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Born: Naples, Italy, 15 November 1922.

Francesco Rosi (JPG, 18 KB)

A former law student, book illustrator, and radio reporter and performer, he entered Italian films in the late 40s as assistant to Visconti, later also working under Emmer, Monicelli, and Antonioni, as an assistant and screenwriter. He made his directorial debut early in the 50s, completing a film for Goffredo Alessandrini, and won a Special Jury Prize at the 1958 Venice Festival for his first solo film, La Sfida / The Challenge. He emerged as a major talent in the early 60s with Salvatore Giuliano (1962), a masterly reconstruction of a police inquiry into the life and death of a legendary Sicilian bandit, for which Rosi was named best director at the Berlin Film Festival, and Hands Over the City (1963), a powerful probe of corruption in Naples, winner of the Golden Lion at Venice. Other outstanding efforts followed in a similar neodocumentary style, notably The Mateti Affair (1972), another relentless investigation of political corruption, which shared the Golden Palm at Cannes, Illustrious Corpses (1975), Three Brothers (1981), and an exhilarating rendition of Carmen (1984). The last two of these earned the director the David di Donatello Awards. Rosi is an aggressive, uncompromising social crusader, a journalist with a camera, working in the traditions of postwar Italian neorealism. His world is usually that of the economically poor and politically corrupt Italian south, and he depicts it with blunt, unadorned directness. He has collaborated on the scripts of all of his own films.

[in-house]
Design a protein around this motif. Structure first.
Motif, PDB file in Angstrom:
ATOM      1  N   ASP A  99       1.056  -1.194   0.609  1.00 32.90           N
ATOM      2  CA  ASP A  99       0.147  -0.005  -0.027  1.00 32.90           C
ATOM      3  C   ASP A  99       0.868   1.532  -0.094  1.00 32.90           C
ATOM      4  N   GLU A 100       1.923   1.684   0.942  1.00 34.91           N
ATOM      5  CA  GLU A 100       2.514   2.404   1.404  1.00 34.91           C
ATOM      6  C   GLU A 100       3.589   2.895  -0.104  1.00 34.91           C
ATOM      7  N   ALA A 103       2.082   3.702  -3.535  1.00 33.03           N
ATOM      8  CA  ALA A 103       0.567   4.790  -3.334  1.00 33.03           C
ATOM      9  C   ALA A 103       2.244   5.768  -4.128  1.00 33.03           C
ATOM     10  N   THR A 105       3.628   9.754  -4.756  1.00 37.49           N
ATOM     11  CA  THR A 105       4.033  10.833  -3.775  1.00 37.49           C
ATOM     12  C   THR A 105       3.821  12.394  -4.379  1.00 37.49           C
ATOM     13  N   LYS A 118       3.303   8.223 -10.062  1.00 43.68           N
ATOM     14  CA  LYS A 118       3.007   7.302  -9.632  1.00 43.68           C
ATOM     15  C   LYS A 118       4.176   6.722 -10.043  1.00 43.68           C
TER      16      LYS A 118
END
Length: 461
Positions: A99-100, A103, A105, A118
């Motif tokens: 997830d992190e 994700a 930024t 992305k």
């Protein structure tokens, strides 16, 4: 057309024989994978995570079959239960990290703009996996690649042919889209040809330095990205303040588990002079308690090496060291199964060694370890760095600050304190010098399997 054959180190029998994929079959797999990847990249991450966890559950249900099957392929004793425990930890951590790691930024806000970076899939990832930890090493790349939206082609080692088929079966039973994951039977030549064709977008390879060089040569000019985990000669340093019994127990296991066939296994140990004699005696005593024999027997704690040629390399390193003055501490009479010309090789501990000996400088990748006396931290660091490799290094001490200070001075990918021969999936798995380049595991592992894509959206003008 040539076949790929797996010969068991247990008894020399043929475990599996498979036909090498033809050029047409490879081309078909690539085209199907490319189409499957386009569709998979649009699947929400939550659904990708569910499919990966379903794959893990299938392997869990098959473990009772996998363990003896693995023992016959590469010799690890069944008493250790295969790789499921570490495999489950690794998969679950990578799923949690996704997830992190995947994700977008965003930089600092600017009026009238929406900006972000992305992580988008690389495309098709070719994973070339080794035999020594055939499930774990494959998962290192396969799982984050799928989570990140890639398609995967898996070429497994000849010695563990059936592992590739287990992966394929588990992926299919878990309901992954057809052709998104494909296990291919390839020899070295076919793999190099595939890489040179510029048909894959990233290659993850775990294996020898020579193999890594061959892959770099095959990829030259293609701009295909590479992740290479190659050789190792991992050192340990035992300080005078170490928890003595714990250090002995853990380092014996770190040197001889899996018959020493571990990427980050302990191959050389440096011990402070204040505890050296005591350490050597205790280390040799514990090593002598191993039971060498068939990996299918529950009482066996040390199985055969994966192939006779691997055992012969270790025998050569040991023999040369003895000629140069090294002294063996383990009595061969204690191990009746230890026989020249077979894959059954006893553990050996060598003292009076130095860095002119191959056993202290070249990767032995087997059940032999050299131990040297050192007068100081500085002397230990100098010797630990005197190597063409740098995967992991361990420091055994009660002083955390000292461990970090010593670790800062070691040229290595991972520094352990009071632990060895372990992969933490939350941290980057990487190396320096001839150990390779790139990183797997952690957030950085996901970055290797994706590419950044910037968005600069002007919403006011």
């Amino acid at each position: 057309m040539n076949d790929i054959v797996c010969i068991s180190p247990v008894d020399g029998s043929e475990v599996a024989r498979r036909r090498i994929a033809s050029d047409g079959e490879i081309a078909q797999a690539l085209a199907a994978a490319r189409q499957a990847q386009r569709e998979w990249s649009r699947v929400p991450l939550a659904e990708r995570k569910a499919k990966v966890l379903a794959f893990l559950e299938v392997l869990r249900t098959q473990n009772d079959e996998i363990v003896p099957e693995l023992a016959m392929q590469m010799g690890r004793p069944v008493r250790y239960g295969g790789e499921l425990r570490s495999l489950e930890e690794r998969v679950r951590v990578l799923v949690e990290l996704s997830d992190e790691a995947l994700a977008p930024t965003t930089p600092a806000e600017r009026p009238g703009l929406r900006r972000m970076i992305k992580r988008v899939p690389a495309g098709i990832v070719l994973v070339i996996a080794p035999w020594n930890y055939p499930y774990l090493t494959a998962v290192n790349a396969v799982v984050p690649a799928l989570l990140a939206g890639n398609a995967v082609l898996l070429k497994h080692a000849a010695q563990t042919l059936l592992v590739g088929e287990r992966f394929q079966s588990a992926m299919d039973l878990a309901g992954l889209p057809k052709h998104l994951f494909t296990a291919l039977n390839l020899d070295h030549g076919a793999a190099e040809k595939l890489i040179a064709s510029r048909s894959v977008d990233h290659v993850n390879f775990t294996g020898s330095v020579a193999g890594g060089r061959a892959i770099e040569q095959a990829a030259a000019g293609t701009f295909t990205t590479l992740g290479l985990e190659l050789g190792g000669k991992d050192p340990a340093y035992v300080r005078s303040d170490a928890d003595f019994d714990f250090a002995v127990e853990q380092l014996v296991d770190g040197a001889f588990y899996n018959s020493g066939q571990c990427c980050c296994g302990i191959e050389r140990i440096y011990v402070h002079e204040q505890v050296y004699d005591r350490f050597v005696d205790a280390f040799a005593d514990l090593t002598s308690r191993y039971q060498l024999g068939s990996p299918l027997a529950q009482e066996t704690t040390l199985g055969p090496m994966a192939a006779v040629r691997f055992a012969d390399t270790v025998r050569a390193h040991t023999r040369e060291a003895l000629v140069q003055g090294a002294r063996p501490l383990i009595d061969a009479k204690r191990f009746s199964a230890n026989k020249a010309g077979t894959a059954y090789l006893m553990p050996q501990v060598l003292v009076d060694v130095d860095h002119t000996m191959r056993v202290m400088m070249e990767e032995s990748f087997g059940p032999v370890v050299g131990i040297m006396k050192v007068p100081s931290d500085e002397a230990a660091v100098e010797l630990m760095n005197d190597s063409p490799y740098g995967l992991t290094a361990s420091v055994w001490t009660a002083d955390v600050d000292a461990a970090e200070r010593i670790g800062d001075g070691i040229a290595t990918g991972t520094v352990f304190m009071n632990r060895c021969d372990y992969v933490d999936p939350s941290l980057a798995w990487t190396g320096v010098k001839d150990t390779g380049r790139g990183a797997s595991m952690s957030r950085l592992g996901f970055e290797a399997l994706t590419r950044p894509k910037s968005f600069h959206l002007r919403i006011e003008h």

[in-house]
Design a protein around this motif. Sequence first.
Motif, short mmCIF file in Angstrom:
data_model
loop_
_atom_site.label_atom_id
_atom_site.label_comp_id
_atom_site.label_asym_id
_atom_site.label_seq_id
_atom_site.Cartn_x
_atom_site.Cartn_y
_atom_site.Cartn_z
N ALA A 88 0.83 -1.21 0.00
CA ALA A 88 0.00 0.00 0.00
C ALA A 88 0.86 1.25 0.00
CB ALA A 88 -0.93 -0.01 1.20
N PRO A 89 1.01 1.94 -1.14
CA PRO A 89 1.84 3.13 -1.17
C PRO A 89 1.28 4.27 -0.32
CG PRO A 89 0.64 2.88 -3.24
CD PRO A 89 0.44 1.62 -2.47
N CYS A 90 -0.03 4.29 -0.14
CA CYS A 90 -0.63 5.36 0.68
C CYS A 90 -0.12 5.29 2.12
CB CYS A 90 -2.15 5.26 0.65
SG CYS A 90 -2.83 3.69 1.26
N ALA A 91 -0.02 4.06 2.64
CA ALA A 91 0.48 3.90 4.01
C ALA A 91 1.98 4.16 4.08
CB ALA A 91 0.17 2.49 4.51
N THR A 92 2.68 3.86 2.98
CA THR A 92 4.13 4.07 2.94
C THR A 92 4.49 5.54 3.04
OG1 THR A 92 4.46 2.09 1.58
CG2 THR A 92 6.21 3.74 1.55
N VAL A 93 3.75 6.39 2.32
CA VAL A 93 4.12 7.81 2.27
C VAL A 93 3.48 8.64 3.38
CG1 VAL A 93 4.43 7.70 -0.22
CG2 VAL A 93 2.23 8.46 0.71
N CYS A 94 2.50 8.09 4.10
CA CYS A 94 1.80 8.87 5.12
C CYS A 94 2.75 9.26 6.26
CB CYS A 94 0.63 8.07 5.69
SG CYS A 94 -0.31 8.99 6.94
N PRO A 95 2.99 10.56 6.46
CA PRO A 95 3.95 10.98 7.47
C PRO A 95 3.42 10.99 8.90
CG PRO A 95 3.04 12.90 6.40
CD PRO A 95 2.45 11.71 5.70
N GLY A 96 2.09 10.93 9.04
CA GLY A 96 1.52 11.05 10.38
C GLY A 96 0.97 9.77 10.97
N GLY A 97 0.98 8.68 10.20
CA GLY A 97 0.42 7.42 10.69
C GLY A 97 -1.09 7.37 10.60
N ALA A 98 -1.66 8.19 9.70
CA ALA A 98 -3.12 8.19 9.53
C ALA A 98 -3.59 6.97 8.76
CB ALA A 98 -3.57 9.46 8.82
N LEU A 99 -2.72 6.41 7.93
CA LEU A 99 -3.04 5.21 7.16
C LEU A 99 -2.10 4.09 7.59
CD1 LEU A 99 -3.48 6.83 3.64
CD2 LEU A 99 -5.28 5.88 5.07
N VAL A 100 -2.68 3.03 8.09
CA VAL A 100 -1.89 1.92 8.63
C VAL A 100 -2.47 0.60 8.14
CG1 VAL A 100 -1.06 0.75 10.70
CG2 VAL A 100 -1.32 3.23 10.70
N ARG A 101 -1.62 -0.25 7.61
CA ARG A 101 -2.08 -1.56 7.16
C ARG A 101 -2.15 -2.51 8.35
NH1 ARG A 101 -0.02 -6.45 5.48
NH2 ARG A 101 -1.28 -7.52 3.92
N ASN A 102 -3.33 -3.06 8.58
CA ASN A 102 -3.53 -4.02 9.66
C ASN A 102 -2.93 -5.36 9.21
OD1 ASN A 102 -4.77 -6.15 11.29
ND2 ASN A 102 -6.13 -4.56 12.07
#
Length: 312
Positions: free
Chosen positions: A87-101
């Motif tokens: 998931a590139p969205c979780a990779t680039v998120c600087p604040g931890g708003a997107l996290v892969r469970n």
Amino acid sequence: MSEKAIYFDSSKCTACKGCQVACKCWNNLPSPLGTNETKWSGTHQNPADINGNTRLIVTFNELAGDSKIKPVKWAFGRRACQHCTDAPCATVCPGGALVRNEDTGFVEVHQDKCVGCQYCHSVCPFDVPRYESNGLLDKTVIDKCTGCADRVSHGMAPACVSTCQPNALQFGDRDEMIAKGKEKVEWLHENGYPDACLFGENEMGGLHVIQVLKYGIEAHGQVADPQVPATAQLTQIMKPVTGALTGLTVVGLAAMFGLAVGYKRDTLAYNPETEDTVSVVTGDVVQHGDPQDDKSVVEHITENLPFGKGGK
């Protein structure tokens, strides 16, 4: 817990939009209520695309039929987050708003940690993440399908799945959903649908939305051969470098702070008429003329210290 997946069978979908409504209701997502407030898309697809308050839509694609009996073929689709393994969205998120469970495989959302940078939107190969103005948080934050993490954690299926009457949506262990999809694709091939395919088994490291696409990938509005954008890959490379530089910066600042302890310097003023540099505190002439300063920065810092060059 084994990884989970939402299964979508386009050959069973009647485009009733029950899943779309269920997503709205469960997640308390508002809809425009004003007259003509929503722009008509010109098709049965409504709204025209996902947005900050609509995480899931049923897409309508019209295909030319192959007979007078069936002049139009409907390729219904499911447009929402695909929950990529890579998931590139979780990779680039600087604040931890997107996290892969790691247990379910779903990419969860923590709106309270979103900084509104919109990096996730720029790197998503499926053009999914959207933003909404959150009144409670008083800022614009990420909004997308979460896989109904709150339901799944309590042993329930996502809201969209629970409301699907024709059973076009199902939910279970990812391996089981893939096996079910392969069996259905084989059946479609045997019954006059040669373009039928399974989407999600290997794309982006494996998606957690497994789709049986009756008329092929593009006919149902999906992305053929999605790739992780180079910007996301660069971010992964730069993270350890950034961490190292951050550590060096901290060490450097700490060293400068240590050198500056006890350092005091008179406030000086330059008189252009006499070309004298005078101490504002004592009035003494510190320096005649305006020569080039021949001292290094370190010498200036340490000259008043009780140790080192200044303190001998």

Ephraim Katz, The Film Encylopedia

Internet Movie Database

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This page was last updated on 3 September 2000.